I understand that the risks of DRM are rarely it ever covered during the sales pitch. That does not change the fact that consumers need to avoid buying products that implement DRM. Unfortunately, DRM is becoming so ubiquitous that you would have to become a modern-day Luddite to avoid it.
For a car analogy, it would be like GM saying they reserve the right to remotely shutdown your car if you have a dispute with law enforcement. The only way to avoid it would be to go "off grid" by disabling OnStar's cellphone antenna, giving up the hands-free cell phone functionality.
Blu-ray was already mentioned in this thread: If you have a HDTV with only component Inputs, you are expected to replace it with a HDTV using inferior (especially for long runs) digital inputs. This is enforced by the Image Constraint Token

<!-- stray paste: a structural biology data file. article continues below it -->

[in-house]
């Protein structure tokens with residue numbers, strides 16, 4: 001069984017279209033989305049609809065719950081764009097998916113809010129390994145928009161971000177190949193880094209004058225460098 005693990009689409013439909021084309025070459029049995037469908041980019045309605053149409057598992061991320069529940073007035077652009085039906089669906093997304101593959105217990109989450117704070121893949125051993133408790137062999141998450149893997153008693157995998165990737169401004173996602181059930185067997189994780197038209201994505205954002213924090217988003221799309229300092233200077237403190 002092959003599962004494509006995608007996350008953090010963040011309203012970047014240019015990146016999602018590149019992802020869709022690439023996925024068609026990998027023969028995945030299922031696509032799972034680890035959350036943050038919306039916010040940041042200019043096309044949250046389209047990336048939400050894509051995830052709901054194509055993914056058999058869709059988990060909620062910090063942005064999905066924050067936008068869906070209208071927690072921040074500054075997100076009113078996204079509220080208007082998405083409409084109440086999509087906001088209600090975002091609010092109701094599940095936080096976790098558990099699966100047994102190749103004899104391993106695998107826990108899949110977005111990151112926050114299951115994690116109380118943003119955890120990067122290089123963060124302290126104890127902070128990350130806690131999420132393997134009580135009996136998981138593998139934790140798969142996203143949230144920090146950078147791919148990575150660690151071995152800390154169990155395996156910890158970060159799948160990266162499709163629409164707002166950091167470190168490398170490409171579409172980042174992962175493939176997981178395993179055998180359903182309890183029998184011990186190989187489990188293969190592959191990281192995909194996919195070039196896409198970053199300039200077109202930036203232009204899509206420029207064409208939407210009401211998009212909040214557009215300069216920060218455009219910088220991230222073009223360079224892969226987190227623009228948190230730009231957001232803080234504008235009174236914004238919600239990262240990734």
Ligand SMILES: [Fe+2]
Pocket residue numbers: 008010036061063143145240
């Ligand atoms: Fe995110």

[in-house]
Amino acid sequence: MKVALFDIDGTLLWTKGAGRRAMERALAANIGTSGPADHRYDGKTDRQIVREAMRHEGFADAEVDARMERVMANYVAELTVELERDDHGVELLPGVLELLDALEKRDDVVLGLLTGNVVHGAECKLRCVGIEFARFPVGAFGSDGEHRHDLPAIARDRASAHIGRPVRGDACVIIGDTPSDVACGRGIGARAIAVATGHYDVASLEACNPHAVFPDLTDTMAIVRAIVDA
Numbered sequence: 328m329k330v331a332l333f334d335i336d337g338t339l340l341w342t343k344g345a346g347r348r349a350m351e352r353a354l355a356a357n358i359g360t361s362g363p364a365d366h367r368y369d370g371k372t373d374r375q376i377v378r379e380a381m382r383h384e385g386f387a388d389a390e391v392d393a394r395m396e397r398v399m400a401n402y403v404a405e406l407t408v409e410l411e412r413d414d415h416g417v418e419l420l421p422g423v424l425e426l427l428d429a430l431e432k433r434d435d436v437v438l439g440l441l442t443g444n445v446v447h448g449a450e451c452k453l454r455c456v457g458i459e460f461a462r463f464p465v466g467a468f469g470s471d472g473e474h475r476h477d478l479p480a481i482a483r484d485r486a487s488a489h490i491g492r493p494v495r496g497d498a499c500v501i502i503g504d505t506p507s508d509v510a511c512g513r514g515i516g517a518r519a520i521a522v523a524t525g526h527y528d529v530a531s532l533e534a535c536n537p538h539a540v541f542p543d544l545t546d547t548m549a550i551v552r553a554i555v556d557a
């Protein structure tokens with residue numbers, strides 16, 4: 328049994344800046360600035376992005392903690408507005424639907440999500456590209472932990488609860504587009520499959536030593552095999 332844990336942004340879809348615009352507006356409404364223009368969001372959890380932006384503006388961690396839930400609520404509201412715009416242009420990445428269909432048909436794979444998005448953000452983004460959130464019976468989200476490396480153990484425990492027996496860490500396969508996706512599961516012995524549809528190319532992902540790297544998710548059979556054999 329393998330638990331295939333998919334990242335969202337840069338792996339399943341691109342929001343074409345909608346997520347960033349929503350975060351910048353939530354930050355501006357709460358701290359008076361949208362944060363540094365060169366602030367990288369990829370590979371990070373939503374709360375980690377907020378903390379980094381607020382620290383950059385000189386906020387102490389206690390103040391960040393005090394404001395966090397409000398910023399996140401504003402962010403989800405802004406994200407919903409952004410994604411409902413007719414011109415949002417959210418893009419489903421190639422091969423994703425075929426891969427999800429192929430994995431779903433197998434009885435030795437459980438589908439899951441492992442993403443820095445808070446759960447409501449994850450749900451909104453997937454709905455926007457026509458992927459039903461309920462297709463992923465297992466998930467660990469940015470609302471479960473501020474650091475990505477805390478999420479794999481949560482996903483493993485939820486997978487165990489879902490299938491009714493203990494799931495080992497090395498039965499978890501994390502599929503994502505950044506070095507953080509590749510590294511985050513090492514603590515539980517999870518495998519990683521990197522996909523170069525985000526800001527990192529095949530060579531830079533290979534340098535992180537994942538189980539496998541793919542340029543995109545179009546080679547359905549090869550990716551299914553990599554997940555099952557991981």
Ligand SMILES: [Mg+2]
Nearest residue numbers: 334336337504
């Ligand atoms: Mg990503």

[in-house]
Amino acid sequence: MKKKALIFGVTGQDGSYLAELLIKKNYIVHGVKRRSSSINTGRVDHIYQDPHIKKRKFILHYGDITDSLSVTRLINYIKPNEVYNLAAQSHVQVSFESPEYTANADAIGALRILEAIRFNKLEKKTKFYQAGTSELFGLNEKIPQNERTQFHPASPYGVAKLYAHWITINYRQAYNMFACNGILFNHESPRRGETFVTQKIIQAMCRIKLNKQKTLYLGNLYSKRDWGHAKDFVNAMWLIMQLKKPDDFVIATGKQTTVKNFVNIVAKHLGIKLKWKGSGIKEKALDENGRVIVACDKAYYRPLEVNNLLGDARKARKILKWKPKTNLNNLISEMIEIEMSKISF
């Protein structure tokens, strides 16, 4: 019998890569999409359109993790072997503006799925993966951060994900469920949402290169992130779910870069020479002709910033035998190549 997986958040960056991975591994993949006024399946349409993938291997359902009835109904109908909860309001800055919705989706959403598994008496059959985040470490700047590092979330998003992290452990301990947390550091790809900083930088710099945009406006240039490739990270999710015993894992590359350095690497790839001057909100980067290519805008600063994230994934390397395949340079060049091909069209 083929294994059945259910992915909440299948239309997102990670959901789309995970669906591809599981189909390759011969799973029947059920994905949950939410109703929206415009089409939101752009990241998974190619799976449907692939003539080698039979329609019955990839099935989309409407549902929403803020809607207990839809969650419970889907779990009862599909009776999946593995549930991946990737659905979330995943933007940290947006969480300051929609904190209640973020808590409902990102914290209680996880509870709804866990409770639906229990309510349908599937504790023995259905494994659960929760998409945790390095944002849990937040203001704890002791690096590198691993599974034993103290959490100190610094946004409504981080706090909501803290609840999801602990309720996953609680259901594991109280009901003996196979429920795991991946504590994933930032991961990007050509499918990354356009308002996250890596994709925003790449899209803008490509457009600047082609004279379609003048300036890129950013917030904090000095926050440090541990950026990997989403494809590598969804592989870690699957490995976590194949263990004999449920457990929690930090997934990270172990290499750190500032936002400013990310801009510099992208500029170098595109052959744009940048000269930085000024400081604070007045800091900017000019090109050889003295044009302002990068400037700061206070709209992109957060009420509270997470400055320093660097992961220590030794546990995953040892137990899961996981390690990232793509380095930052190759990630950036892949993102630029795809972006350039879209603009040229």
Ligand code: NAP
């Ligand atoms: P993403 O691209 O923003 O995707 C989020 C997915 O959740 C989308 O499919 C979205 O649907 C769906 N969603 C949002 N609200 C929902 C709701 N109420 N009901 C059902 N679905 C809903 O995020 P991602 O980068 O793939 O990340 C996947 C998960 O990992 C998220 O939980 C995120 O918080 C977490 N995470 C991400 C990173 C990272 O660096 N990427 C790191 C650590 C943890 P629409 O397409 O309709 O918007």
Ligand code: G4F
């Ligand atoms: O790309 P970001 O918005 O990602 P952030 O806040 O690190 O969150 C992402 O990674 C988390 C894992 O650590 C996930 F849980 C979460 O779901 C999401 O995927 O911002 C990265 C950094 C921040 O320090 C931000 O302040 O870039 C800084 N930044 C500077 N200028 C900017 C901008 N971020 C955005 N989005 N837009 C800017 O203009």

that allows studios to force DVD resolution on analog outputs. As of this year, Blu-ray players will no longer support analog outputs
. Because of all this (and the device black-list feature), I recommend giving Blu-ray a pass. 9x the resolution is not worth the extra trouble (picture size is more important than quality).
I already covered why computers are subject to the same thing. Don't believe the sales person when they say it won't be used
. Such "features" were deliberately added costing time and money. You can argue that it is a "Bait and Switch" all you want, but as such "technologies" become ubiquitous, it will ring increasingly hollow.
PS: "Copy-protected" CDs are not real CDs. Real CD's implement the Red Book Standard (IEC 60908)
and bear the "Compact Disc; Digital Audio" logo.